I’ve been watching Max for Live waiting for the patch that will make me buy and Schwarzonator made me do just that. Grid pattern making patches and hardware hacks don’t get me going as much as software that helps me create melodies. Schwarzonator was created by Berliner Henrik Schwarz and I am finding it very useful. I really love the random function! Check out the video above for what it can do.
“The Schwarzonator is a note twister. It’s all about helping musicians (or non-musicians) find the right notes and chords in real time. It turns one finger playing into chords that fit together well. Choose from a list of Chord Sets in a drop down menu. Then all notes you play on your keyboard will fit into the selected Chord Set.” – Henrik Schwarz (from Ableton’s website)
Dubspot is school in New York City that trains DJ’s and electronic musicians. I’ve been to the facility for a few Ableton meetings and it was always interesting. Mike Hatsis gives us a run through on using Ableton reverbs and such in a Minimal track. I like how he says, “I like to think of it as the sound’s shadow.”.
“Dubspot Instructor, Michael Hatsis, shows how to add Space and Dimension to Minimal Techno style drums. Topics covered include using Drum Rack’s Send and Return tracks, as well as Creating and using a Plate and a Room style reverb in Ableton Live.” – dubspot.com
I spend most of my music making time in front of Ableton Live. It’s stable and Session View lets me flesh out ideas before I head to arrange. Most importantly, once you spend time to learn the program it’s fun to use. Ableton has kicked off it’s 10 year birthday celebration. We are lucky because the Berliner’s seem to not know that on Birthday’s they get gifts not give them! But hey I’m not going to tell them. They are giving away 10 free Artist Live packs to any Live 8 owner. Go get them here: ableton.com/able10-artist-packs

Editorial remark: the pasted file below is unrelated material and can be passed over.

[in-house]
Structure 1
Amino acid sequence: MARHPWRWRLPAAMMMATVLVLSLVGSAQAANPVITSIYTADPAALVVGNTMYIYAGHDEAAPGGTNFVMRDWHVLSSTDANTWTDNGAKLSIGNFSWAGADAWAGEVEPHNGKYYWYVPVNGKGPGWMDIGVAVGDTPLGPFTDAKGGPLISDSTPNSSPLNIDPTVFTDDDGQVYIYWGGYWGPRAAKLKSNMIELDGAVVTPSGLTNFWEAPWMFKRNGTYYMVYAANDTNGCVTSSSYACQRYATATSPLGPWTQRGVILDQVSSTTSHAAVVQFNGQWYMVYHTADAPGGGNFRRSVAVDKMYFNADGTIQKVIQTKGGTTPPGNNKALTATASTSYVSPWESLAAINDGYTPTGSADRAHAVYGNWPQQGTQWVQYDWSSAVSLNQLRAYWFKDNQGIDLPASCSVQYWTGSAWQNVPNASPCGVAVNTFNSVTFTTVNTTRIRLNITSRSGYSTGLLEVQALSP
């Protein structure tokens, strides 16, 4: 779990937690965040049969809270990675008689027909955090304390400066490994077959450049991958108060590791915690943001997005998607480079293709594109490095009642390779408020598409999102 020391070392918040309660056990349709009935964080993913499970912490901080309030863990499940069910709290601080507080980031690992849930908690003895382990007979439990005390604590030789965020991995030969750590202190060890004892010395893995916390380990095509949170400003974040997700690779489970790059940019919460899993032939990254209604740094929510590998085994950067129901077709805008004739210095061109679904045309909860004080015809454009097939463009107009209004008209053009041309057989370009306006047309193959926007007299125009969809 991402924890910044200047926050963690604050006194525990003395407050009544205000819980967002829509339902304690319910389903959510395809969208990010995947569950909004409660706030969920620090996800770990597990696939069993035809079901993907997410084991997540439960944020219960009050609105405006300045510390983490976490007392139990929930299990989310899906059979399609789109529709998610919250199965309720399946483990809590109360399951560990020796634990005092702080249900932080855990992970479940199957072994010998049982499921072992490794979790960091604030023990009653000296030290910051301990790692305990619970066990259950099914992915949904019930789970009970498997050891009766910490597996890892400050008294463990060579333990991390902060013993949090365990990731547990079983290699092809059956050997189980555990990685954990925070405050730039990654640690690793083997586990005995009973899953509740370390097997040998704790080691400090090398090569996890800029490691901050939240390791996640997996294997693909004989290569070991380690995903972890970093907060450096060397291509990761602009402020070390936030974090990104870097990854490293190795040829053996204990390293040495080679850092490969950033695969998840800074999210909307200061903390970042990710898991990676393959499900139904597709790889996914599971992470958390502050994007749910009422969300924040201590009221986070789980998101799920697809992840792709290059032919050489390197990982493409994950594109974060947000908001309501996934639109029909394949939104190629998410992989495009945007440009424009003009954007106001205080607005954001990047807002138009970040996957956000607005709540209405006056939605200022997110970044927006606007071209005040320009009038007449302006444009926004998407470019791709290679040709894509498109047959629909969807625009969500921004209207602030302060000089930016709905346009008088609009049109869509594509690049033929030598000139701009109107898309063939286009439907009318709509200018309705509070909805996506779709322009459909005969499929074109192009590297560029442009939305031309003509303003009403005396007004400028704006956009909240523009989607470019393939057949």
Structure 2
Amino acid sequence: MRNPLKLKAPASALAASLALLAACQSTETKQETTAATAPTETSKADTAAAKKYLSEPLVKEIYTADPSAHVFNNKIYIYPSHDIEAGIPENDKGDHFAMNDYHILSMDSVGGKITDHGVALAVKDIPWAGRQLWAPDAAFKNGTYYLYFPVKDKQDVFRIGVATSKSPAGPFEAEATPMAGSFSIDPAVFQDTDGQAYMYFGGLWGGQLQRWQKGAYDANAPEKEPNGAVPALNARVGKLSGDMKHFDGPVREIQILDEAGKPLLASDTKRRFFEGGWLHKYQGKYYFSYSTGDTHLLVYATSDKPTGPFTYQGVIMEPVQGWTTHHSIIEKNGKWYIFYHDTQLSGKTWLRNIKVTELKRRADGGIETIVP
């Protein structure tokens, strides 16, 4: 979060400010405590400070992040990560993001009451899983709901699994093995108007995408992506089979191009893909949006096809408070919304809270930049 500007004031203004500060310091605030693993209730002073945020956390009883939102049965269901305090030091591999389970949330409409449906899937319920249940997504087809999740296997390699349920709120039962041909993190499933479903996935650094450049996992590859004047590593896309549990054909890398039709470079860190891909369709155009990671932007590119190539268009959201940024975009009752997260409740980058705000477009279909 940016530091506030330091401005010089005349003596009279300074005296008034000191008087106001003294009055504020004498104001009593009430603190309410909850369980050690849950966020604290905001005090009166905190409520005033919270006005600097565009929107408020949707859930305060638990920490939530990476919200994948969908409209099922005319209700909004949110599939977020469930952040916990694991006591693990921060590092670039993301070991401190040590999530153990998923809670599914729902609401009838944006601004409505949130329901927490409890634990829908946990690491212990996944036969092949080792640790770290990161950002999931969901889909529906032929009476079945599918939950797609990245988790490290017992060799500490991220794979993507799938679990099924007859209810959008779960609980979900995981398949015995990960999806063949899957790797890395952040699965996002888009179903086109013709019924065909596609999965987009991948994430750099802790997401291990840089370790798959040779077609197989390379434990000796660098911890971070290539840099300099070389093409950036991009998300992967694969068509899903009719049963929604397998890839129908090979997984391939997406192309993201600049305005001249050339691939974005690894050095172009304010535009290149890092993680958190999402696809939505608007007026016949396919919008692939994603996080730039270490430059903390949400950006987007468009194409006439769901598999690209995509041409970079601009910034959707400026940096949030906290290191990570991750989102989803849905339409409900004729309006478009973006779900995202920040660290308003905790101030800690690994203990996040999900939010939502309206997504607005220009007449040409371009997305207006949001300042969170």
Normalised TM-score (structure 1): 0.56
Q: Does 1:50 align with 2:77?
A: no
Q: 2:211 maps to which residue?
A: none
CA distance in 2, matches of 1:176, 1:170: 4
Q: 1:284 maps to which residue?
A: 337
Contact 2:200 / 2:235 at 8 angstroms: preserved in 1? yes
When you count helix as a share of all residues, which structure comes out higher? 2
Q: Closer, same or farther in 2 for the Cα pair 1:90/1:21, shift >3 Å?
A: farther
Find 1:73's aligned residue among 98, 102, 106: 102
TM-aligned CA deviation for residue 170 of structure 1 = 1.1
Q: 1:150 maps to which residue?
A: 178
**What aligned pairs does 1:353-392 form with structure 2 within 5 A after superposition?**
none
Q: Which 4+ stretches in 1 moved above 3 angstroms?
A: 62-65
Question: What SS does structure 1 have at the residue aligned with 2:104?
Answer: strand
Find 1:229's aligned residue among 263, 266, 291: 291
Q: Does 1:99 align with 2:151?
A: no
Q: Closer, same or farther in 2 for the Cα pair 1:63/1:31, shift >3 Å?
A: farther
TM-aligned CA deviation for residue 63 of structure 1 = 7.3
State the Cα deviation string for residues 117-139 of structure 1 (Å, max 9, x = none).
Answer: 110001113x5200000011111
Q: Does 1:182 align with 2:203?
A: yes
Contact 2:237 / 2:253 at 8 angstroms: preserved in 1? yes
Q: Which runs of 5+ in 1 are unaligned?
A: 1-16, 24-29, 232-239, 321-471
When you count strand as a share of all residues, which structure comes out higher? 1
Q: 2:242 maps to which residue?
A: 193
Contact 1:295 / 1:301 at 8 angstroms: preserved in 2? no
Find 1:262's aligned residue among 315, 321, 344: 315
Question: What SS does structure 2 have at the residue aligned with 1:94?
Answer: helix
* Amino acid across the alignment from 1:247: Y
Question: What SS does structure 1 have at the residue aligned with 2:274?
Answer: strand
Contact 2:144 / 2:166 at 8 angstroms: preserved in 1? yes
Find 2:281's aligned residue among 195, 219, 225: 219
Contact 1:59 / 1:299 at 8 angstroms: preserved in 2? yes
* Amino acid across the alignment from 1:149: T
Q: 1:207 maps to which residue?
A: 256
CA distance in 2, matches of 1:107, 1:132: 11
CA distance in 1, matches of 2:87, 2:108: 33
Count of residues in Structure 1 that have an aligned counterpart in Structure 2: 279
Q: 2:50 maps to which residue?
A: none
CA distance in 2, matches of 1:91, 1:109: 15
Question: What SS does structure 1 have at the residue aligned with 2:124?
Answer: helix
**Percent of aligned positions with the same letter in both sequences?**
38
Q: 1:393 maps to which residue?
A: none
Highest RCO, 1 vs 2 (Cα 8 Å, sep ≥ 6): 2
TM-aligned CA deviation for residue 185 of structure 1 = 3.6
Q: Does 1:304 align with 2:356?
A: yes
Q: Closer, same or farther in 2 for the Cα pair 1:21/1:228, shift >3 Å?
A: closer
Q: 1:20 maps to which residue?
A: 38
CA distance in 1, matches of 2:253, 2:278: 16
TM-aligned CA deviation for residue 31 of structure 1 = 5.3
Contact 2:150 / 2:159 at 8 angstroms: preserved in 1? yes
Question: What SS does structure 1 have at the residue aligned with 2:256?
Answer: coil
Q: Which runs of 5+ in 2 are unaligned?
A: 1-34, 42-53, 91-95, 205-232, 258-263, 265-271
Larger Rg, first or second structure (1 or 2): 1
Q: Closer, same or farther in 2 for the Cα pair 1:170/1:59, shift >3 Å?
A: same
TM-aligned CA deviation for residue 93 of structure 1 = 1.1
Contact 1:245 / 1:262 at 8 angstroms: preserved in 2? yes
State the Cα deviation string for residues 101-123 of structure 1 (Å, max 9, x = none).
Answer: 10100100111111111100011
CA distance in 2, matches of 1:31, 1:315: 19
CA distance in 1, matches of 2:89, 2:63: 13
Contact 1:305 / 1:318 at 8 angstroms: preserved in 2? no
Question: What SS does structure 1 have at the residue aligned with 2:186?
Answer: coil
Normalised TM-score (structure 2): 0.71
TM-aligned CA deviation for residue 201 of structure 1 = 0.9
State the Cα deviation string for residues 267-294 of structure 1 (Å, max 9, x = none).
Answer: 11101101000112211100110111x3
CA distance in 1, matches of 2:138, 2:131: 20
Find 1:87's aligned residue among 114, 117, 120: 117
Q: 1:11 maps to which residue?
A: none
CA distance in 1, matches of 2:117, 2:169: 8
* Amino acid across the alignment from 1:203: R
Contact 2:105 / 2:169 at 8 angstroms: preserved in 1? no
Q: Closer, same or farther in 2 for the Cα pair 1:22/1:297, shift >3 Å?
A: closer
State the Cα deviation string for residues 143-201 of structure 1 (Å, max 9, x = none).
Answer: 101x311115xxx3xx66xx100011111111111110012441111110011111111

“To celebrate our Able10 anniversary, we’re giving away 10 free, exclusive Live Packs from Ableton artists. Take a look inside these songs and sounds and see how these exceptional artists work their Live mojo.” – Ableton
But what if your late to the party and your still not sure if your the Ableton type of guy? Lucky for you there is now an inexpensive way into the club. The all new “Live Intro” is a not so shabby version of Live for $99. This is now my recommendation for anyone who asks me, “I’m starting to make music what should I use?”.
So what else is on tap for the party? Discounts on upgrades for current Live users and the geeks will be happy to know Max For Live will be out November 23. Alles Gute zum Geburtstag!
Here is an interesting video from the UK containing a bunch of great Ableton Live tips. I never thought of setting up follow actions and after wards recording into cycling clips. Spending a little time setting triggers and MIDI mapping before you head into “Right Brain” mode will surely make your song a bit better.
“This video shows you how to use Ableton Live’s clips as chord banks and trigger them with one key. It also touches on the following features: Follow Action, Launch Modes, Midi Mapping & Routing, Pitch (midi plugin)” – flujo
Some days when I get home from working in Manhattan I am completely exhausted. I love keeping up with the world using Google Reader. Sometimes I don’t even have the energy to sit upright and hit the keyboard shortcut “J” in Reader to go to the next story. I started thinking that if there was an iPhone app that let me have a remote Mac keyboard I could increase the font size on my screen, sit back and remotely hit “J”. To my delight I found such an application and it’s called Keymote (iTunes link). I set it up and now can half sleep half browse from a far in a comfy chair. You can see my set up for Google Reader in the screenshot above left.